StudentsOnly 35% believed teachers were interested in stopping bullying.Only 25% believed administrators were interested in stopping bullying.Only 20% believed others Remember, the Secret Service report expressed concern about were interested in stopping schools having “secrets”. Where students knew about bullying, victimization and even knew bullying. about the anger and retaliation thoughts of victims but told NO ONE! Look at these percentages and you see why.
Can We Stop Bullying We have a significant work together problem. So, what can schools and communities do?
How Do We Stop Bullying? work together“What is required to reduce bullying in To stop bullying and other forms ofschools is nothing less than a change in harassment is not easy and CANNOT be done in isolation. It cannotthe school climate and in norms for be a one-time event or activity. It will take abehavior. comprehensive, whole-hearted approach. What is theThis requires a comprehensive, school- payoff of this great effort? A positivewide effort involving the entire school school climate; increased studentcommunity.” attendance; reduced student misbehavior; safer classrooms, hallways and buses.-National Association of State Boards of Education And it’s possible, even likely, that student achievement will increase.
Bullying Risk FactorsLack of supervisionRules against bullying are not consistentlyenforcedAdults have indifferent or acceptingattitudes towards bullying So let’s get going.Students have indifferent or First of all, look for conditions (riskaccepting attitudes factors) that make bullying worse. These risk factors need immediate attention.
Bullying Risk FactorsA significant bullying risk factor is the attitude that students have about bullying. We cannot let students develop or continue with an attitude of indifference to the suffering of other ONE EXAMPLE … students. If we do, the issues of bullying and harassment will continue. Students must be encouraged to help each other.
A kindergartner who loved school suddenlyshowed reluctance to get ready in the morning,and eventually refused to get on the busaltogether. At first she would not reveal whatthe problem was, but finally her mother wasable to get her to talk about what washappening. The child began sobbinguncontrollably and said she didn’t want to gethurt. She said “a big kid” wouldn’t let her sit inher assigned seat on the bus and told her he’dbeat her up in the back of the bus if she toldanyone. When other students on the buswere interviewed it turned outmost of them knew what was Encourage students to be part of thehappening, but did not want to solution todisclose it. preventing bullying.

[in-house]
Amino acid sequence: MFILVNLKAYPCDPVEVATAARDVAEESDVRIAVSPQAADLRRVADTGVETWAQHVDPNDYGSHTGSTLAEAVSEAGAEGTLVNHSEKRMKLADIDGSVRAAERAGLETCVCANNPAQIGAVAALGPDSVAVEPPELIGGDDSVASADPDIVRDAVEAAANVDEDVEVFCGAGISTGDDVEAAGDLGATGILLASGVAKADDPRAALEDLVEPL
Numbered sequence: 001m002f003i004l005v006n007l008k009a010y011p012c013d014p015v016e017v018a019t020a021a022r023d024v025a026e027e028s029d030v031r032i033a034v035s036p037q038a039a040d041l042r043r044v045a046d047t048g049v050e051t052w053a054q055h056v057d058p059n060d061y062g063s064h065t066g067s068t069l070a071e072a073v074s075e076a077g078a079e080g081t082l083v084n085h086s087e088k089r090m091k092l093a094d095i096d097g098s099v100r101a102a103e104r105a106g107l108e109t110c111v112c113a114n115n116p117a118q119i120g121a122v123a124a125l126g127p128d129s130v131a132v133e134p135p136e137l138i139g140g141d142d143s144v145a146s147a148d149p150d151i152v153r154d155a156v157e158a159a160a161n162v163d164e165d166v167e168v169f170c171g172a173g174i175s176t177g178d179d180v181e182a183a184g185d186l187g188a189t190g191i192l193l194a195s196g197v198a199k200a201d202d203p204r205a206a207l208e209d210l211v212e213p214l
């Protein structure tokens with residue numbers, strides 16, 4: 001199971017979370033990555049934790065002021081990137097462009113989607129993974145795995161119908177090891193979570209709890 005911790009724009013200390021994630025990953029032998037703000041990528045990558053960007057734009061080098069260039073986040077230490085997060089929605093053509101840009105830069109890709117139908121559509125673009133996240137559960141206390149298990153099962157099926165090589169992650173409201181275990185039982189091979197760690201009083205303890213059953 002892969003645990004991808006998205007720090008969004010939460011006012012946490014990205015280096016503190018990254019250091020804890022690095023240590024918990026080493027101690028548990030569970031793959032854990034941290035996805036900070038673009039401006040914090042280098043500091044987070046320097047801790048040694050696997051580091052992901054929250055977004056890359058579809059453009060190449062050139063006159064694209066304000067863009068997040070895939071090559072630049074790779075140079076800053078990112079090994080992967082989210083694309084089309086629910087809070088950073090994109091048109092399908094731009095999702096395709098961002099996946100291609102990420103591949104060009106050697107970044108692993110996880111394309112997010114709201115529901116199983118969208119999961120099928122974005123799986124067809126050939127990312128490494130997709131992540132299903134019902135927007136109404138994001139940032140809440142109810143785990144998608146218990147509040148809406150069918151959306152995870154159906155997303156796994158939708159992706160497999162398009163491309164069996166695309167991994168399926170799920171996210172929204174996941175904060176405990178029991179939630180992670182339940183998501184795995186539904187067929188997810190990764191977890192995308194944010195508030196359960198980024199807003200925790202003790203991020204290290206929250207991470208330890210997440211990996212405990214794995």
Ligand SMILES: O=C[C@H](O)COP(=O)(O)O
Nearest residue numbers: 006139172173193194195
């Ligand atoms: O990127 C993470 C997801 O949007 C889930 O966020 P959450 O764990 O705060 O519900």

Bullying Risk FactorsAnother significant bullying riskfactor is the attitude that adults have about bullying. Adult attitudes must change, also. ONE EXAMPLE …
Indifference or Ignorance?A girl’s lunch money was taken from her almostevery day by other students. Two older studentstold her that if she didn’t give them her money - orif she reported what was happening - her littlesister would get hurt. The situation was notdiscovered until an alert lunchroom aide realizedthe girl wasn’t eating anything day after day.When asked about the behavior of the twoolder girls, a teacher replied, “For somereason they pick on that poor girl everyday.” All adults, particularly school employees, should be encouraged to take a stand against bullying and be part of a comprehensive campaign to stop bullying in all places.
What Can We Do?What can be done? Itwill take policydevelopment, datacollection and analysis,and implementation ofprevention andintervention strategies.
Bullying Approaches that simply crack down on individual bullies are seldom effective. However, when there is a school-wide or district-wide commitment to end bullying, bullying can be reduced significantly. Something can be done to stop bullying. Let’s look at specific strategies and methods.
Bullying Prevention and Intervention Planning ProcessDevelop Climate Establish Develop a Vision for Action Committee & Establish Goals Collect and Evaluate the Identify Priorities Analyze Data & Plan & Objectives Other Information This type of commitment will take more than one person and more than one perspective. Establish a committee and follow a process that will sustain the effort. One dynamic person can make a difference, but if that person leaves, then what happens? This effort needs to be sustainable regardless of staff changes. A process such as this can result in a comprehensive approach to the problems related to bullying.
Review School Data Look at this data set. If you were planning an intervention strategy, would you take a look at the fighting and bullying problems in the restrooms, gym, A-Hall and B-Hall?
Implement the Plan Raise Awareness About Bullying Professional Development Certified and Non-Certified Staff Increase Staff Involvement and Supervision Share survey data with all staff to identify and then target supervision to the problem areas. Give staff procedures to follow for intervening and reporting bullying incidents. Staff awareness is an essentialFully implement the Anti-Bullying Plan component of a bullying prevention and intervention plan.